The Rule of Law

I am posting this story from Coldfury, by way of Eschaton:

Supreme Court Justice Anthony M. Kennedy is a fairly accomplished jurist, but he might want to get himself a good lawyer—and perhaps a few more bodyguards.
Conservative leaders meeting in Washington yesterday for a discussion of “Remedies to Judicial Tyranny” decided that Kennedy, a Ronald Reagan appointee, should be impeached, or worse.
Phyllis Schlafly, doyenne of American conservatism, said Kennedy’s opinion forbidding capital punishment for juveniles “is a good ground of impeachment.” To cheers and applause from those gathered at a downtown Marriott for a conference on “Confronting the Judicial War on Faith,” Schlafly said that Kennedy had not met the “good behavior” requirement for office and that “Congress ought to talk about impeachment.”
Next, Michael P. Farris, chairman of the Home School Legal Defense Association, said Kennedy “should be the poster boy for impeachment” for citing international norms in his opinions. “If our congressmen and senators do not have the courage to impeach and remove from office Justice Kennedy, they ought to be impeached as well.”
Not to be outdone, lawyer-author Edwin Vieira told the gathering that Kennedy should be impeached because his philosophy, evidenced in his opinion striking down an anti-sodomy statute, “upholds Marxist, Leninist, satanic principles drawn from foreign law.”

I wanted to talk about this notion that it is somehow wrong for American courts to look to laws from other countries when making decisions that affect Americans. Because this is another glaring example of where the radical right froths at the mouth out of stupidity.

In the first place, American jurisprudence is based upon two foundations: law that has been codified into statutes, and common law. Common law is court precedent. Courts recognize a hierarchy of precedent – very generally, decisions of a higher court have more weight than do those of a lower court. In state courts, opinions from the courts of other states are not recognized as precedent unless there is no other opinion to be relied upon. And courts issue far more per curiam opinions than they do signed, published opinions. Per curiam opinions are not precedent even for the courts that issue them – not published, not precedent.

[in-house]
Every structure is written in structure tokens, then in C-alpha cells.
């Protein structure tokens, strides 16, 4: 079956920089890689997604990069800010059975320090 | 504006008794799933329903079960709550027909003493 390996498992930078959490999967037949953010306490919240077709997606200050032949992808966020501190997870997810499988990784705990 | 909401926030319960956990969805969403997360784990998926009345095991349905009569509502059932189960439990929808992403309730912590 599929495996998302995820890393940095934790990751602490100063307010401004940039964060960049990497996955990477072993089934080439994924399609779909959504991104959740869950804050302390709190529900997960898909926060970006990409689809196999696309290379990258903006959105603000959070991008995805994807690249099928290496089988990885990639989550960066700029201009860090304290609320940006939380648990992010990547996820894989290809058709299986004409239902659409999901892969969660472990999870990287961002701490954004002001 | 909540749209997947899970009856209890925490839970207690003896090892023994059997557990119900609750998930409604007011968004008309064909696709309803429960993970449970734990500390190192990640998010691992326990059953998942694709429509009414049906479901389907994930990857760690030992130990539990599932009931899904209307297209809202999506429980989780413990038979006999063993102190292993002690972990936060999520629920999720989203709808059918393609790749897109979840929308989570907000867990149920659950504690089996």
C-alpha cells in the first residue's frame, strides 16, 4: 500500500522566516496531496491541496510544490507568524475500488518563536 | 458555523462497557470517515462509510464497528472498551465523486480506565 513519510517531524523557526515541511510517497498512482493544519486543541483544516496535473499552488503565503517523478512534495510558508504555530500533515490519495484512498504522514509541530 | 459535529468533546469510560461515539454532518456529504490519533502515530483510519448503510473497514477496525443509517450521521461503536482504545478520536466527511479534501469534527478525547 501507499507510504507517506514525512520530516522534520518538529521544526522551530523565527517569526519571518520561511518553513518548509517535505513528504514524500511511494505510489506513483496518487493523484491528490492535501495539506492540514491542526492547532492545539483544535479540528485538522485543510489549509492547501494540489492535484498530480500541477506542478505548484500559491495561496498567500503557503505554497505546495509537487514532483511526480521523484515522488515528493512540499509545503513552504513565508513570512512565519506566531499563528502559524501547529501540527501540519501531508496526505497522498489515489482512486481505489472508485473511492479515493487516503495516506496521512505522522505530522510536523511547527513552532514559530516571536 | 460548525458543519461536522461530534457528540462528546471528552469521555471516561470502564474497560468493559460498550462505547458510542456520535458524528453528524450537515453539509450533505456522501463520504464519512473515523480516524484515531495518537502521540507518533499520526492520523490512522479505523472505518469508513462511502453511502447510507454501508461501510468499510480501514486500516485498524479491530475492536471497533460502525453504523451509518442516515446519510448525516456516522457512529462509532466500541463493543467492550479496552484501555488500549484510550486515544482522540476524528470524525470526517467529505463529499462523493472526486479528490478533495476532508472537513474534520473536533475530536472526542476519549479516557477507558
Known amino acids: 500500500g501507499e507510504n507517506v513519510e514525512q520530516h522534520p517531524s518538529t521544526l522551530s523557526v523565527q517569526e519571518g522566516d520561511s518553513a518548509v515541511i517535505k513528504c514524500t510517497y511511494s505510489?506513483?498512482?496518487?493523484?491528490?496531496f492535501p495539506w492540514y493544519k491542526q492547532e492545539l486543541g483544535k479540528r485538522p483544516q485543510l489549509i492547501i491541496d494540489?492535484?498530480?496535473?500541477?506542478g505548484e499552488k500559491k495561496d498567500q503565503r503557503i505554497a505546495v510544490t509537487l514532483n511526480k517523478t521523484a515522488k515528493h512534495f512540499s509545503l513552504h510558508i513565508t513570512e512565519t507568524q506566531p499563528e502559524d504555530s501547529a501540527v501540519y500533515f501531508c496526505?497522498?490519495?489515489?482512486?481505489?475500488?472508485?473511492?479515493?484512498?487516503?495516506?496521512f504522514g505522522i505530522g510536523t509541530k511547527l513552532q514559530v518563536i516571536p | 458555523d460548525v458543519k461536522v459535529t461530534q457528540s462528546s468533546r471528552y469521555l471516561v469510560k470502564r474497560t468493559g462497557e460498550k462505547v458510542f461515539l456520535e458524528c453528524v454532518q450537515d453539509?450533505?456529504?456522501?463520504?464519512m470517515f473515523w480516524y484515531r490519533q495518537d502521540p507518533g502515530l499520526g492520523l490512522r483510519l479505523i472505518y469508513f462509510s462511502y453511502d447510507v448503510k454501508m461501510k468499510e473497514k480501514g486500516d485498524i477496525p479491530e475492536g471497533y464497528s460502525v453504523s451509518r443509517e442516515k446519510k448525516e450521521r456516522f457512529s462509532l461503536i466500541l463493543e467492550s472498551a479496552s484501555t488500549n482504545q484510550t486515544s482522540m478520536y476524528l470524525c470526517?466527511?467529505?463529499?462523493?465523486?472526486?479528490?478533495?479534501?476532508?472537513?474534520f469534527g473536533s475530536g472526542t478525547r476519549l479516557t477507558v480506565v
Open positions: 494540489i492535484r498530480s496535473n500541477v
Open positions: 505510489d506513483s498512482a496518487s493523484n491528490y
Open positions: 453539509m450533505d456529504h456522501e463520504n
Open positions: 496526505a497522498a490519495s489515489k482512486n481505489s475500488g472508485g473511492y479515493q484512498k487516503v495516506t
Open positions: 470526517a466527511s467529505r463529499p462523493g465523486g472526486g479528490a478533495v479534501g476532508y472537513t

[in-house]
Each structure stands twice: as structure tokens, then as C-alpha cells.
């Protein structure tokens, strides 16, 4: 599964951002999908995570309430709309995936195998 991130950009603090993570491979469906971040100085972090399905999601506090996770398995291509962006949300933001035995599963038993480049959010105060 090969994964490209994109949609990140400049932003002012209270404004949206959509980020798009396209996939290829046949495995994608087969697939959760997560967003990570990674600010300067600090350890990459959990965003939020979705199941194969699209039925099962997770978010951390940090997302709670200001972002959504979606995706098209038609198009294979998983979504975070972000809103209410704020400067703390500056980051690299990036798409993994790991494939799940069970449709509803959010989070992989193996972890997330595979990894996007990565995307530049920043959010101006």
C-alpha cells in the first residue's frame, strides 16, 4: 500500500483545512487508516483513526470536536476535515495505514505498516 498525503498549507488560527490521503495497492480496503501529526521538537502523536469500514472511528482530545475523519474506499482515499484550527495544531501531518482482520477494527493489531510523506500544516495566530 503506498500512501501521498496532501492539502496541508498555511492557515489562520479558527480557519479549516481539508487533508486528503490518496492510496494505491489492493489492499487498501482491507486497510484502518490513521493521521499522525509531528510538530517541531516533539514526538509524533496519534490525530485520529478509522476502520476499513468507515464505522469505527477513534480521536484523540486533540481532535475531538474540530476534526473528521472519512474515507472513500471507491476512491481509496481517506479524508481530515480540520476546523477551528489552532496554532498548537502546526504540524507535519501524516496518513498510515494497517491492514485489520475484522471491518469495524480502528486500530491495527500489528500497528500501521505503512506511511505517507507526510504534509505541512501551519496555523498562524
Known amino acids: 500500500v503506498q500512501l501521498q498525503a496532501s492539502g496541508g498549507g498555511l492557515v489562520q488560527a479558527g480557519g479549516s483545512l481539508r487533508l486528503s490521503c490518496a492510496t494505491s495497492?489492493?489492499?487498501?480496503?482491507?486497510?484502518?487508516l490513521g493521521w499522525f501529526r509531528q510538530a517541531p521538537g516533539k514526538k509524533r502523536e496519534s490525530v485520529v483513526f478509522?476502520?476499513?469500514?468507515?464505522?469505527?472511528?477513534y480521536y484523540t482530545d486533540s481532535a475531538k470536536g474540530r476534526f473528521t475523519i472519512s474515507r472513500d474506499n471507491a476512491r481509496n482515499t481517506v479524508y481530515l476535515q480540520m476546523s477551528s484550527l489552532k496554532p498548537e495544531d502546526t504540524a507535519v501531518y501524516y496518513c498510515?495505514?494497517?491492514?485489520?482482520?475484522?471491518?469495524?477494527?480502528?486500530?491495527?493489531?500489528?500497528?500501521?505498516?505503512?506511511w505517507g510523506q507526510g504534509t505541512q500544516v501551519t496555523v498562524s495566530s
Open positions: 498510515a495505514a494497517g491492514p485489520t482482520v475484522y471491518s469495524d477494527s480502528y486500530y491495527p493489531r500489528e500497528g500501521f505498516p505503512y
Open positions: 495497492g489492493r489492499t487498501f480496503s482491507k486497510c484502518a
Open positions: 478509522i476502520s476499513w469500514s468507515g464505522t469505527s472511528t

American courts do not generally consider the laws and decisions of the courts of other countries to be precedent for American decisions, unless there is no American decision that can be relied upon, or the issue is one that includes the laws of another country. Those cases do arise. But it is is no way a repudiation of the sovereignty of American law to rely on the law of a foreign country when it applies to the situation before the American court. What would the radical right have courts do in those instances where the laws of other countries come into play in a case in this one? Or in those instances where there is no American law on the issue but there is well-settled law from other countries where the issue has arisen, and it is in line with otherwise established American jurisprudence?
Does the radical right really believe that our system of jurisprudence sprang full blown and unique from the foreheads of the founding fathers? Our legal system is based squarely on British jurisprudence. British jurisprudence is based upon European jurisprudence. How in the world can it possibly be considered problematic for judges to look to international precedent when that is where our legal system originated?
This is a major bee up the radical right’s collective ass. I’ve heard it from wingnuts personally – activist judges using precedent from other countries – how dare they? Well, until the United States of America has its own planet, this nation will be a nation among others. If the courts of another country have solved a problem for which our courts have no solution, can someone please tell me what the hell is so wrong with adapting their good ideas to our system? I can promise you that no American court ever considers precedent from another country over precedent from this one. Don’t believe me? Get your own fucking copy of the Harvard Blue Book and look at the hierarchy of precedent for yourself. It isn’t a secret, folks.